Anna Olip-Jug

„Bilo je tezˇko slovo vsi smo jokali …
(It was a difficult goodbye, we all cried...)

Anna Olip was born in 1922 as the youngest child of a Slovenian farmer from Sele/Zell (Carinthia). At school, classes were held exclusively in German from the second grade onwards. In the spring of 1940, Anna Olip’s three brothers fled from conscription in the "Wehrmacht" (German army) to Yugoslavia. This led to the family being spied upon and kept under surveillance for six weeks. Two of Anna’s sisters were arrested. After Nazi Germany attacked Yugoslavia, her brothers had to return to Sele/Zell and were hidden and cared for by the family. On April 14th, 1942, the National Socialists took Anna's mother, father and daughters away to "resettlement camps", first to Northern Germany, then later to Bavaria. In November 1942, the family was arrested for supporting deserters. After six months’ imprisonment in Klagenfurt, Anna Olip was deported to Ravensbrück with ten other women from Sele/Zell. Five of them were murdered there.

And then came April 6th [1941], Hitler's attack on Yugoslavia (…) We started to sense with harsh bitterness what was awaiting us. Suddenly, we were not allowed to speak Slovenian at school, in the village, on the street. In church, sermons, prayers and songs were all German. They took our cultural hall from us, and destroyed the library. What do you know how many books there were! They destroyed everything, they burnt it. [We] lost our economic independence, and our loans and savings bank.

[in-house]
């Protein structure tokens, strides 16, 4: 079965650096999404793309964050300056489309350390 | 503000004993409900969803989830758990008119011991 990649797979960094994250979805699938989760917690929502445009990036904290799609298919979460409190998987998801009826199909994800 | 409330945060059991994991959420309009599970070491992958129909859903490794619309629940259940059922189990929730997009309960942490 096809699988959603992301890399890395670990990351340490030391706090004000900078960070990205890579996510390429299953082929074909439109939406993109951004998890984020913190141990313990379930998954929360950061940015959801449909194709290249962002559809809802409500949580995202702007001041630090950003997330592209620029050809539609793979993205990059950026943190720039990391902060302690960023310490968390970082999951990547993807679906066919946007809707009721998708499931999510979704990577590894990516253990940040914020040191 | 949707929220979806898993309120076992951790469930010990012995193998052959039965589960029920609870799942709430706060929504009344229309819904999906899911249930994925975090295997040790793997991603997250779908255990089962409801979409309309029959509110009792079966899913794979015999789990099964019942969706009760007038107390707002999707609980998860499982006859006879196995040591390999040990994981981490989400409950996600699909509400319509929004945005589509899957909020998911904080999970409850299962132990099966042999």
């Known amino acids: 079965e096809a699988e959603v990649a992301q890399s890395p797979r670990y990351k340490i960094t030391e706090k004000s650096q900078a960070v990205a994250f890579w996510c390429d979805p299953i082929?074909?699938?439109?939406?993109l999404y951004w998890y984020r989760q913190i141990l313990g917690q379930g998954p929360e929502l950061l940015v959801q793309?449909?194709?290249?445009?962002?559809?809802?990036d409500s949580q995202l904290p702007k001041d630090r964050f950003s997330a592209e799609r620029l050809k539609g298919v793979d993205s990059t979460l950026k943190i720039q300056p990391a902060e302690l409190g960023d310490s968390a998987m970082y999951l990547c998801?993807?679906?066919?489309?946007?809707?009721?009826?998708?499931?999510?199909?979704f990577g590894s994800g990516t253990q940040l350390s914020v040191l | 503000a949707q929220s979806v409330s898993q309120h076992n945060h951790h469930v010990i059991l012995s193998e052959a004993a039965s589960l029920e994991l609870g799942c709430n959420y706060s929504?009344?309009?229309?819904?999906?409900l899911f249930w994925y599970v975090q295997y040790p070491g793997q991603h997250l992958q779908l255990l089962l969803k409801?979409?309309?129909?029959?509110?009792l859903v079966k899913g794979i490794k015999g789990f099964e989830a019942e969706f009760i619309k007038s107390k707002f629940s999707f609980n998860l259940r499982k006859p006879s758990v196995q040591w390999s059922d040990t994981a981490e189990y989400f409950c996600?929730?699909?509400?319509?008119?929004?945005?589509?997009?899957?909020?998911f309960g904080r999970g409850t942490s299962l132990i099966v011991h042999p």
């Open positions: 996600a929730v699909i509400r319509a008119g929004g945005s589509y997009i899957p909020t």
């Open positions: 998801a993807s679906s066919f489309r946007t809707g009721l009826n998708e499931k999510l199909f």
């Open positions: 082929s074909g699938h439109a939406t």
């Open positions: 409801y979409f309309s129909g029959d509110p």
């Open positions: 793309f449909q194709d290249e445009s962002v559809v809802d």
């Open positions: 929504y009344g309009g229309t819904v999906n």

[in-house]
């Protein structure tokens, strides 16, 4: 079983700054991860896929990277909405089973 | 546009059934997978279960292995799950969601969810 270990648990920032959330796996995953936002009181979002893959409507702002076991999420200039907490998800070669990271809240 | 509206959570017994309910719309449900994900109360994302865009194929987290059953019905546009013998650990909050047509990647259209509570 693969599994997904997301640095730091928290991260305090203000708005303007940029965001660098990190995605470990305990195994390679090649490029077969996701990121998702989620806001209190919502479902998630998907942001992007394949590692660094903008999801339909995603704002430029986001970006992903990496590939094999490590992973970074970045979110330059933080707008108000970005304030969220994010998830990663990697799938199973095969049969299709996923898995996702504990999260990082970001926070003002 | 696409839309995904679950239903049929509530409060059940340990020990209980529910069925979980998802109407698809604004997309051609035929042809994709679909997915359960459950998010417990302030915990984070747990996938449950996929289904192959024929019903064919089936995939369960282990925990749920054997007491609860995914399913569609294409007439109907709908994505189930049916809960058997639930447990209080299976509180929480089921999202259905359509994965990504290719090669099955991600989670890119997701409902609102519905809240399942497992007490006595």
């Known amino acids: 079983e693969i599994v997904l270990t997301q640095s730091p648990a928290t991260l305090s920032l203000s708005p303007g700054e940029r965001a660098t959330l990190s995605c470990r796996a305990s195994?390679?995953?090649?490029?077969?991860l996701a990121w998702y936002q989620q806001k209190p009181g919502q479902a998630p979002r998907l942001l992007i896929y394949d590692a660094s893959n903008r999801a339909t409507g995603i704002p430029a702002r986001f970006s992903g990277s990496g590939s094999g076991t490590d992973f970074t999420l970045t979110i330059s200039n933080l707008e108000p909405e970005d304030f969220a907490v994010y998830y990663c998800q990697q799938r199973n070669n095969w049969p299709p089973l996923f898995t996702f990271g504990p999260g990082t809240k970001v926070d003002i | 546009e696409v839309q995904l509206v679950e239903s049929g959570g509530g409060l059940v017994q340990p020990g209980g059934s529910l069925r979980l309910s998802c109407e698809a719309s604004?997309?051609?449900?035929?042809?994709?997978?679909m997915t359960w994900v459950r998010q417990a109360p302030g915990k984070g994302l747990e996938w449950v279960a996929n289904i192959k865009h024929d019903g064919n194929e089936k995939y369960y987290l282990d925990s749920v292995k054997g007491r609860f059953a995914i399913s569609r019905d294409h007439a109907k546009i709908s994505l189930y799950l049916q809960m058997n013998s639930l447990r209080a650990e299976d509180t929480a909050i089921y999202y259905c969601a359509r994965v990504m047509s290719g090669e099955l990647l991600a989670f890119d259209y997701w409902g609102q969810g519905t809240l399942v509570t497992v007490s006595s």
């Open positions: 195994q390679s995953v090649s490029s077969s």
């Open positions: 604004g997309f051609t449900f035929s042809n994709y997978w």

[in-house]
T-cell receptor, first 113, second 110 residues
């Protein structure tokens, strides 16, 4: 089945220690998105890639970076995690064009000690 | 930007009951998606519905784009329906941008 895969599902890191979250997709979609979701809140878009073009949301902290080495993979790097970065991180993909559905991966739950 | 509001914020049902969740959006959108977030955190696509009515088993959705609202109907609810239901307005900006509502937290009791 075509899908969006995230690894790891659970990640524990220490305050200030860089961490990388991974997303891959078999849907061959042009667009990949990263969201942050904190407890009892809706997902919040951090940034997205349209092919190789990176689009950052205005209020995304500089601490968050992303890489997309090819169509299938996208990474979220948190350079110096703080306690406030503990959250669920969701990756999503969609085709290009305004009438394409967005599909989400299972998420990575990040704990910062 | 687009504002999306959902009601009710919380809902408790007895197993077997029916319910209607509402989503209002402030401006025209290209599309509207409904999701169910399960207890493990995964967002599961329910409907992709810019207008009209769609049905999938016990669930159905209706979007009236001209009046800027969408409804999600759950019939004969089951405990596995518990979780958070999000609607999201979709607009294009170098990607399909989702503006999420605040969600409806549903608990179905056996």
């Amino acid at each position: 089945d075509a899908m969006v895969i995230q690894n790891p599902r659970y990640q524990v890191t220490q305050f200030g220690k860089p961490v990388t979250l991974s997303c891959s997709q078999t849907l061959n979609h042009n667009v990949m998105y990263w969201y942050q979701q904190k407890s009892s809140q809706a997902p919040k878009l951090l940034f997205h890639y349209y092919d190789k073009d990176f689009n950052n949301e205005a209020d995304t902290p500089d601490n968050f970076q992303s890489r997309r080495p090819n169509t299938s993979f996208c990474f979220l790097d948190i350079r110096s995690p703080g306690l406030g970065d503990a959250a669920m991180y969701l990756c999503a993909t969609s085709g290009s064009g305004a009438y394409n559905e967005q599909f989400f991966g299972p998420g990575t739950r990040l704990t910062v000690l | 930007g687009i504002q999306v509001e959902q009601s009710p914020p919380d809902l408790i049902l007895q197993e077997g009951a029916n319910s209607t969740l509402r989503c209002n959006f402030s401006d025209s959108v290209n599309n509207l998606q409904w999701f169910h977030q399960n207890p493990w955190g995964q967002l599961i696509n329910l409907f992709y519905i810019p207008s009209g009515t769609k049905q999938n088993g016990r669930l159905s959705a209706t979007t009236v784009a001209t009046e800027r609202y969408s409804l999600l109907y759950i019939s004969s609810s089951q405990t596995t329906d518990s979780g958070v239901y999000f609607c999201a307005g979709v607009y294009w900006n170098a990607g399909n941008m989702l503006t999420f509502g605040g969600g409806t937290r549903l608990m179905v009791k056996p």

Prosecution and resistance of the Carinthian Slovenes

In 1920, a plebiscite in Southern Carinthia resulted in a 59% vote for remaining with Austria. The Slovenian-speaking Carinthians were expected to completely assimilate. The differentiation between "German friendly" and "nationally conscious" Slovenes was particularly pushed by the (German nationalist) Carinthian "Heimatbund" in order to be able to discriminate against the "conscious" Slovenes. In 1938, public use of the Slovenian language and the organisation of Slovenes in associations and cooperatives were prohibited. Many Slovenian men evaded conscription to the German army or deserted. The forced resettlement of 917 Slovenes in 1942 was one of the high points of anti-Slovene politics. From the end of 1942 onwards, many Slovenes joined the Tito partisans and became members of the resistance in Southern Carinthia.

Anna Olip
(ca 1937, photo: private).